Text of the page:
An Australian study has found that taking calcium tablets can cut an older person’s chance of breaking a bone by up to a quarter.
The large-scale review is one of the biggest ever to definitively quantify the benefits of mineral supplements to prevent bone loss or fractures caused by osteoporosis.
The disease affects one in three women and 20 per cent of men, and while calcium and vitamin D are widely considered beneficial, the research has been conflicting.
NSW and Victorian researchers analysed the results of 29 studies involving almost 64,000 people aged over 50 worldwide who were treated for an average of 3.5 years.
The results, published in the international journal The Lancet, show that taking calcium supplements or calcium combined with vitamin D reduced the chance of fracture by 12 per cent.
And in studies where participants stuck very closely to their tablet regime, the risk dropped by 24 per cent.
The effect was greatest on elderly people, those living in nursing homes and people who were underweight.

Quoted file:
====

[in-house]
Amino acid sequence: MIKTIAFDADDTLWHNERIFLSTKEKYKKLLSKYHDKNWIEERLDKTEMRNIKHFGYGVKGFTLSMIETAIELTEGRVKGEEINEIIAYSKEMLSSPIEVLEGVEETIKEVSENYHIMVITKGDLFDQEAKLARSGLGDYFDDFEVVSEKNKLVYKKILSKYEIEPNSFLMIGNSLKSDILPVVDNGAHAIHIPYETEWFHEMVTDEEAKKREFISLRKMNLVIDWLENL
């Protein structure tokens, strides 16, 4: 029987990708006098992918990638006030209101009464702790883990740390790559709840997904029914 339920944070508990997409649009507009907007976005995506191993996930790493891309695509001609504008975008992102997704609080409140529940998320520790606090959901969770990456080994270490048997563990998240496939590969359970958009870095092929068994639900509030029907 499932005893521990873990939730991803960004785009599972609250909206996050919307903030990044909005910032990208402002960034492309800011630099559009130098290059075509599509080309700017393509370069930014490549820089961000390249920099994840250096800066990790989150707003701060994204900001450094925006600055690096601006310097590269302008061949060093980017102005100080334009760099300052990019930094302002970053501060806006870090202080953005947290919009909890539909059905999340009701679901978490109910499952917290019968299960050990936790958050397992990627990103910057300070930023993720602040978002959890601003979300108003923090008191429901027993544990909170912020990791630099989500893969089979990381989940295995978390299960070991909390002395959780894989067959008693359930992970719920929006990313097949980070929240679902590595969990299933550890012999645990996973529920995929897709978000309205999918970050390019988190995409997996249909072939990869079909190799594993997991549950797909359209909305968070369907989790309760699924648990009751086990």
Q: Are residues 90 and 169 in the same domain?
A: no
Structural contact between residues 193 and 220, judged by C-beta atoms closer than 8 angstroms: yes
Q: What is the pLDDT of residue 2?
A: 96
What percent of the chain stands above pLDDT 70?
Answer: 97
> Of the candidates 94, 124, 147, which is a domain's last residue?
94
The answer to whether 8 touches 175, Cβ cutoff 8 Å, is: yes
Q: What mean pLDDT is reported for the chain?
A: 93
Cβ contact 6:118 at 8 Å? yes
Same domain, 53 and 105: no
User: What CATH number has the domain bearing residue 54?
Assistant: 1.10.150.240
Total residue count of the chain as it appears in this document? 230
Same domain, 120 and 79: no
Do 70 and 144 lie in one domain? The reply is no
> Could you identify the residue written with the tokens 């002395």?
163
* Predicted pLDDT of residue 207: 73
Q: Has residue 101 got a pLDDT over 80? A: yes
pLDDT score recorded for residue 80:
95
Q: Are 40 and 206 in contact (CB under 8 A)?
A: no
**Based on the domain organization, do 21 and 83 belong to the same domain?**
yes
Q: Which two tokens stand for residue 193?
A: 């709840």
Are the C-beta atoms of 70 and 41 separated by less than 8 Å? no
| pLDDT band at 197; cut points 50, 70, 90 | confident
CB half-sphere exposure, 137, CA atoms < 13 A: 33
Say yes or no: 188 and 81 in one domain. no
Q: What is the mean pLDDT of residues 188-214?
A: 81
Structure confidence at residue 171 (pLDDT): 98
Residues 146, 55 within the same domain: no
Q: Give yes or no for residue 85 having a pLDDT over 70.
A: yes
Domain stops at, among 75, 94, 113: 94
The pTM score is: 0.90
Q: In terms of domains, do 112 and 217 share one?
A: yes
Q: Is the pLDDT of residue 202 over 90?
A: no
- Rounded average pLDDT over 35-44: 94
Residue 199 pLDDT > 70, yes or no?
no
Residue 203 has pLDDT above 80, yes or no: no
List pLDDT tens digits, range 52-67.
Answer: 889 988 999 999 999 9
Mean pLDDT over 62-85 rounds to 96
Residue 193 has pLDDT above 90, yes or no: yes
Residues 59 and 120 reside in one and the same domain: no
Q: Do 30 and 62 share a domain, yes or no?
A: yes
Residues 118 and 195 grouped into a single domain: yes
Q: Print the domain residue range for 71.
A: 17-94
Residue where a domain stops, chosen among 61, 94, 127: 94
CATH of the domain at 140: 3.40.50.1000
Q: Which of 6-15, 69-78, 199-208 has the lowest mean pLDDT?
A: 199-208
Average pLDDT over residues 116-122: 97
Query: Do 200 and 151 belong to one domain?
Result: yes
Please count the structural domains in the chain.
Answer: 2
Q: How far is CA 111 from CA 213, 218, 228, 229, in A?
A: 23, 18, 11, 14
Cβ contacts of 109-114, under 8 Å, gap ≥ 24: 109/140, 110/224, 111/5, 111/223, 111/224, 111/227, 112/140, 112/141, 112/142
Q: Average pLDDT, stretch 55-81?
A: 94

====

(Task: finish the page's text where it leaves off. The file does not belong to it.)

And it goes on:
Lead researcher Benjamin Tang, from the Centre for Complementary Medicine Research at the University of Western Sydney, found those most protected were people taking calcium doses of more than 1,200mg and with vitamin D doses of 800 international units or more.
Dr. Tang and his colleagues concluded that “calcium supplementation, alone or in combination with vitamin D, is effective in the preventive treatment of osteoporotic fracture”.
However, given that large doses were found to be most effective, Dr. Tang raised concerns that many formulations found in pharmacies contained insufficient quantities of active ingredients.
“In view of the large number of calcium supplementation tablets sold worldwide, adequate dosage is an important issue to address if best possible public-health benefits are to be realized,” they wrote.
This is especially important considering that supplementation was an inexpensive alternative to comparatively costly preventative drugs, and it would also help avoid the cost of treating the fractures themselves, the researchers said.
Commenting in the same journal, specialist Jean-Yves Reginster from the Bone and Cartilage Metabolism Unit in Belgium said the Australian findings were of “immediate practical importance for the daily management of osteoporosis”.